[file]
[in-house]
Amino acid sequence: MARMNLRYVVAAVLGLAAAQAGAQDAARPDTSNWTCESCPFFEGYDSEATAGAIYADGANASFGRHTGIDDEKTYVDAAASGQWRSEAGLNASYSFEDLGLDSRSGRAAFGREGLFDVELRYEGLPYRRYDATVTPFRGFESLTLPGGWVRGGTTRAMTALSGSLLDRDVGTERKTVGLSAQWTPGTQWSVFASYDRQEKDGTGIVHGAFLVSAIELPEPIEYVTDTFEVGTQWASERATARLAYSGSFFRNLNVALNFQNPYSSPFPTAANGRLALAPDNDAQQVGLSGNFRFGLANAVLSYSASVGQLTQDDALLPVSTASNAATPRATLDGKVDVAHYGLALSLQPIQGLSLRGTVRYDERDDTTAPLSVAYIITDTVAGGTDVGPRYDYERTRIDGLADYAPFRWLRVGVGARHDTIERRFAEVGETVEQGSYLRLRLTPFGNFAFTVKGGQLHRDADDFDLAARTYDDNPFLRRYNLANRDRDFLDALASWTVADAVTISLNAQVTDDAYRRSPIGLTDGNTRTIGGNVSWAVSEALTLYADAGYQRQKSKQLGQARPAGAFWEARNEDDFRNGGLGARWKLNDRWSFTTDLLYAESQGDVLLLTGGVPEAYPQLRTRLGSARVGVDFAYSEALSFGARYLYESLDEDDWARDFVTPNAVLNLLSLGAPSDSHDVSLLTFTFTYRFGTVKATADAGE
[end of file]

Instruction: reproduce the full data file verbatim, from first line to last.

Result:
[in-house]
Amino acid sequence: MARMNLRYVVAAVLGLAAAQAGAQDAARPDTSNWTCESCPFFEGYDSEATAGAIYADGANASFGRHTGIDDEKTYVDAAASGQWRSEAGLNASYSFEDLGLDSRSGRAAFGREGLFDVELRYEGLPYRRYDATVTPFRGFESLTLPGGWVRGGTTRAMTALSGSLLDRDVGTERKTVGLSAQWTPGTQWSVFASYDRQEKDGTGIVHGAFLVSAIELPEPIEYVTDTFEVGTQWASERATARLAYSGSFFRNLNVALNFQNPYSSPFPTAANGRLALAPDNDAQQVGLSGNFRFGLANAVLSYSASVGQLTQDDALLPVSTASNAATPRATLDGKVDVAHYGLALSLQPIQGLSLRGTVRYDERDDTTAPLSVAYIITDTVAGGTDVGPRYDYERTRIDGLADYAPFRWLRVGVGARHDTIERRFAEVGETVEQGSYLRLRLTPFGNFAFTVKGGQLHRDADDFDLAARTYDDNPFLRRYNLANRDRDFLDALASWTVADAVTISLNAQVTDDAYRRSPIGLTDGNTRTIGGNVSWAVSEALTLYADAGYQRQKSKQLGQARPAGAFWEARNEDDFRNGGLGARWKLNDRWSFTTDLLYAESQGDVLLLTGGVPEAYPQLRTRLGSARVGVDFAYSEALSFGARYLYESLDEDDWARDFVTPNAVLNLLSLGAPSDSHDVSLLTFTFTYRFGTVKATADAGE